Knee Pain After Running

If you’re a runner, there’s a good chance that you’ve experienced knee pain at some point. Studies show that the knee is the most common site of running injuries, with up to 50% of runners experiencing knee pain in any given year. Though there are various causes of knee pain, one of the most common in runners is called patellofemoral pain syndrome – which is just a fancy word for pain near the knee cap.

Generally, this type of pain will be located in the front of the knee. It typically worsens with running downhill, going up or down stairs, squatting, and kneeling. It may even occur after sitting for long periods.

The patella, also known as the knee cap, is supposed to move up and down smoothly when you bend and extend your knee. If something is restricting it from doing this, or if there are imbalances in muscular control of the movement, the knee cap will not move up and down properly. This leads to abnormal compression on one side of the knee, and tension on the other – either of which may lead to knee discomfort.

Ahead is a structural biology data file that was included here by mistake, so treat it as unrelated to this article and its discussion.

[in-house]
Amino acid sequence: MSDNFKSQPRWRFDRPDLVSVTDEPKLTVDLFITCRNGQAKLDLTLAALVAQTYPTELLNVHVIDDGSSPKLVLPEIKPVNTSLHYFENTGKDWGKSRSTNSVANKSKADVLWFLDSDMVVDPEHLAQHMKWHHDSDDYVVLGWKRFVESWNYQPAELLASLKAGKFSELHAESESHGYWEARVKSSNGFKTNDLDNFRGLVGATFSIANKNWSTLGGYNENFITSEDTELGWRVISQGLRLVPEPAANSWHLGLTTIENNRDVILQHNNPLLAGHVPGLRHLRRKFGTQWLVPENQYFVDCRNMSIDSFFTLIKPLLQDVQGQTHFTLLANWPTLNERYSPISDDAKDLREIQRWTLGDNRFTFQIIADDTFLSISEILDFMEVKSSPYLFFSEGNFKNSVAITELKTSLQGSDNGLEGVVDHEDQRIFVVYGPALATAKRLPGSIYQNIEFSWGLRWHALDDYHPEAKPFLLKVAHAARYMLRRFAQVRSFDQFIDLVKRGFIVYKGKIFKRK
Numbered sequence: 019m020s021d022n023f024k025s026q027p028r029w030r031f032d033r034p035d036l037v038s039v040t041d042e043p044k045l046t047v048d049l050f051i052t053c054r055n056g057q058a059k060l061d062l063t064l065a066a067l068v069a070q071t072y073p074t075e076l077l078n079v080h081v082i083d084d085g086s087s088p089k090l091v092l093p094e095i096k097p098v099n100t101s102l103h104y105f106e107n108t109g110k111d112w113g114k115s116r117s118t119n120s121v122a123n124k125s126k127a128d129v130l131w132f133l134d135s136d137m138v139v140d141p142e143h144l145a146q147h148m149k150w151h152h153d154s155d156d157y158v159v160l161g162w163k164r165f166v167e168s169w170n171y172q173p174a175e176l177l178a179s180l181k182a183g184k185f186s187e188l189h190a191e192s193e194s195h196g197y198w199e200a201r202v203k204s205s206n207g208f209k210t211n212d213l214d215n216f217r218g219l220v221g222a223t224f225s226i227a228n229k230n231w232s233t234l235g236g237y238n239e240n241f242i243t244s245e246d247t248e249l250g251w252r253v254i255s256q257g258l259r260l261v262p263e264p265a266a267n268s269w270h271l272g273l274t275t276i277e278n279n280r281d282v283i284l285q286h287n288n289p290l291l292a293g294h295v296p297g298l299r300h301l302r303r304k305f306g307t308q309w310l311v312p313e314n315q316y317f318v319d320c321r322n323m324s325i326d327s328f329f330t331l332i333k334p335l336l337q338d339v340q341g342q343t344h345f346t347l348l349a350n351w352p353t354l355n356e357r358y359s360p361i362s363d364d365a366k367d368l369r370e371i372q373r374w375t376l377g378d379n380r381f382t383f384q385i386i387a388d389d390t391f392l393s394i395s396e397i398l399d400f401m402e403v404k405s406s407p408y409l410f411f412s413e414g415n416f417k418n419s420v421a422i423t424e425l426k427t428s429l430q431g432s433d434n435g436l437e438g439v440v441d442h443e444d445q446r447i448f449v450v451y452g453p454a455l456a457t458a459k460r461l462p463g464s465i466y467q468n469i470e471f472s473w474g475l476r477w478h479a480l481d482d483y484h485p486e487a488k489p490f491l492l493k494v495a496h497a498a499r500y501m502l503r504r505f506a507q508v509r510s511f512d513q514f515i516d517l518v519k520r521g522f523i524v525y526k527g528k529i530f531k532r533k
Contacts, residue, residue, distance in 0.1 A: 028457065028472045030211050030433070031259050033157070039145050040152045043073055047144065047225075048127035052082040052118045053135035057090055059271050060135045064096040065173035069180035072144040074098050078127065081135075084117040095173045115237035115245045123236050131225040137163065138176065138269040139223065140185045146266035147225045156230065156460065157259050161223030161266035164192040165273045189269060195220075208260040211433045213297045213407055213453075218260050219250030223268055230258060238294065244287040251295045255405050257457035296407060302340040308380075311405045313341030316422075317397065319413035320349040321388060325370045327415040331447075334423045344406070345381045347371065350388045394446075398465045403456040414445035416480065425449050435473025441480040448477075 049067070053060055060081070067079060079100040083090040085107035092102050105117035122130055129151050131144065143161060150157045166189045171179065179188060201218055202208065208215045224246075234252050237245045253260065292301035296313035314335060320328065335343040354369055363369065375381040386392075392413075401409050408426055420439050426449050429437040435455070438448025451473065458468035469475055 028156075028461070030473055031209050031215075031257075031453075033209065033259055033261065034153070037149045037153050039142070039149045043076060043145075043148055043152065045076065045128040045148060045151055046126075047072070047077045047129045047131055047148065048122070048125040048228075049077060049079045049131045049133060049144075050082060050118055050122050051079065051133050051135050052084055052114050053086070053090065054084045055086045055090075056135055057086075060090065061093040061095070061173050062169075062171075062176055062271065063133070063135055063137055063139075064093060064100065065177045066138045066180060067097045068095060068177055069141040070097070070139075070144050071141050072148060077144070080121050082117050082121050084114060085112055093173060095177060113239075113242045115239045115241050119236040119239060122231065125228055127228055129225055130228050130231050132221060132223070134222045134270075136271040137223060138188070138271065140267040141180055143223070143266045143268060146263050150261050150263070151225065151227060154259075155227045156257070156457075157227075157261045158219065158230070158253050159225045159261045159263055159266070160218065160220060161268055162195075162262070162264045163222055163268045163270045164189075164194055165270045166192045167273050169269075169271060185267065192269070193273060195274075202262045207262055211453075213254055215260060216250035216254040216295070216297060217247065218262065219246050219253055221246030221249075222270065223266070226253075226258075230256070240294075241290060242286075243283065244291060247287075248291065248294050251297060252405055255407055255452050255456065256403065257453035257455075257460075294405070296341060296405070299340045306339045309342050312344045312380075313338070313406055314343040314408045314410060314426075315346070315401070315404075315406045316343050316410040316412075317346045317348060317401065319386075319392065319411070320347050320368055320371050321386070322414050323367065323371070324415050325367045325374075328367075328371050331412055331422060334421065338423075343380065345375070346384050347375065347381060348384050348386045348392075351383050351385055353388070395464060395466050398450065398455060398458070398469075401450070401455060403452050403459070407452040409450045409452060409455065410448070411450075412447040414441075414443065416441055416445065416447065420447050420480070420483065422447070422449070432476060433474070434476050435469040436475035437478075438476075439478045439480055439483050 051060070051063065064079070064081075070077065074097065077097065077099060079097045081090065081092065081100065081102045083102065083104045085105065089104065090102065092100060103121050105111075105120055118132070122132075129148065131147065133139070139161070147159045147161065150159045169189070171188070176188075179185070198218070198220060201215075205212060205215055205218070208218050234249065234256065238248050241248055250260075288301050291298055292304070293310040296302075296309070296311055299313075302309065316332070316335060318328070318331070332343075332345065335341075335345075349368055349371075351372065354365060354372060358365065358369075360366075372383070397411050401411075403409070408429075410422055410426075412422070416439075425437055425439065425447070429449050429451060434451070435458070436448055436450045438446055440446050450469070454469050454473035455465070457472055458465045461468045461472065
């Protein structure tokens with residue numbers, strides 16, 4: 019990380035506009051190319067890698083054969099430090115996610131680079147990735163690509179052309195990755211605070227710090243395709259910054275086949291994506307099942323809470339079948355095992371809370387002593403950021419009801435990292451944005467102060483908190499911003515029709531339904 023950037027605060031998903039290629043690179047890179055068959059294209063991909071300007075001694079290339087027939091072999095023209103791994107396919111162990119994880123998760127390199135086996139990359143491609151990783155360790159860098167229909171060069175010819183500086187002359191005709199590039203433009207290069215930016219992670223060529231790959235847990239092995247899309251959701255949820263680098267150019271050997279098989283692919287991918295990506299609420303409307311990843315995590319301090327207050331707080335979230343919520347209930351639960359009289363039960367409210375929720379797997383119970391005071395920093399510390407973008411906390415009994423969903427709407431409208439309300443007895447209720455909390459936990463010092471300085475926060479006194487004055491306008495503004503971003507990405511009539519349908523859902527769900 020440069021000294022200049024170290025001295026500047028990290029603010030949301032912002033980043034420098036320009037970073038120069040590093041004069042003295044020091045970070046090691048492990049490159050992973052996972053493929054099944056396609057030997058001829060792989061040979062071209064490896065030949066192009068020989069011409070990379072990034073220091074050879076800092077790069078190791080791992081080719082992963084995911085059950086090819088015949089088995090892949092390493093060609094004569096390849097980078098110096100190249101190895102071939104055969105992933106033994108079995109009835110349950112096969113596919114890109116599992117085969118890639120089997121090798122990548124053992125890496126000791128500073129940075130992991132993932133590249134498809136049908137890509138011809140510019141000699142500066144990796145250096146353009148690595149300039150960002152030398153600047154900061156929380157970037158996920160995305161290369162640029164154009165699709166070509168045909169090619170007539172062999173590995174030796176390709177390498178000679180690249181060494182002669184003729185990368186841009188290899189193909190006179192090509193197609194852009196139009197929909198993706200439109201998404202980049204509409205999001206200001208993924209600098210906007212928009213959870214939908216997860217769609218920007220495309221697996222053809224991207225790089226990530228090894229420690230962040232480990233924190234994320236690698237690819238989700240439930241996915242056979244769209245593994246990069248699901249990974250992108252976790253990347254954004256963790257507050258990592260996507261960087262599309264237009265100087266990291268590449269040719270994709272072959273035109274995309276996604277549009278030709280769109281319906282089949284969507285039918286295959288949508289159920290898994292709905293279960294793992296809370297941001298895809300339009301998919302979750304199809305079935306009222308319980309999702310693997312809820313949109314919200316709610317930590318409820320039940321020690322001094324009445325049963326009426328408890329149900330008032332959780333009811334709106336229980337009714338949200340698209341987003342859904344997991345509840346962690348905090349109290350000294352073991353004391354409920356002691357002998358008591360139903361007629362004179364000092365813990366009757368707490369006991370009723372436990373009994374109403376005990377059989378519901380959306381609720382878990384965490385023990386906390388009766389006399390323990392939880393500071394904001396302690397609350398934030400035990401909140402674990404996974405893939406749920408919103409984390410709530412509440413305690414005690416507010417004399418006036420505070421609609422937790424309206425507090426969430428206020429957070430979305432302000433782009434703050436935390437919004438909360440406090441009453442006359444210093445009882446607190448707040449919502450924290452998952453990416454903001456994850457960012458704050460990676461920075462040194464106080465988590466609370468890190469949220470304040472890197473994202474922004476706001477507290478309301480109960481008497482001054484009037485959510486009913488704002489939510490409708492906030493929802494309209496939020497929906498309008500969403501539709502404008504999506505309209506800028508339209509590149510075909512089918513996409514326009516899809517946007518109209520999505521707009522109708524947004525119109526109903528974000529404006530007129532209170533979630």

Physical therapy knee pain

There are a few possible reasons why the knee cap may not be moving properly. A healthcare clinician can help you figure out the source of your individual knee pain; however, some of the most common reasons are:

  1.     Weakness of hip muscles
  2.     Weakness of thigh muscles
  3.     Flat foot posture
  4.     Muscular tension in thigh or calf musculature.

Specific exercises addressing the cause of patellofemoral pain will help reduce pain and allow optimal muscle function. The following exercises address one of the most common causes of pain: weakness of the hip muscles.

Introductory level: side-lying hip abduction; side-lying clams

 

Progressions: single leg deadlift with rotation; side plank with leg lift

 

If you are having consistent knee pain during and/or following runs, we recommend taking a few days off from running (try swimming or elliptical machine instead) while you work on these exercises. If your knee pain doesn’t seem to fit with the above, it may not be a patellofemoral issue. Check out our meniscus blog post. 

For additional exercises and progressions, check out this post on cross training for runners.

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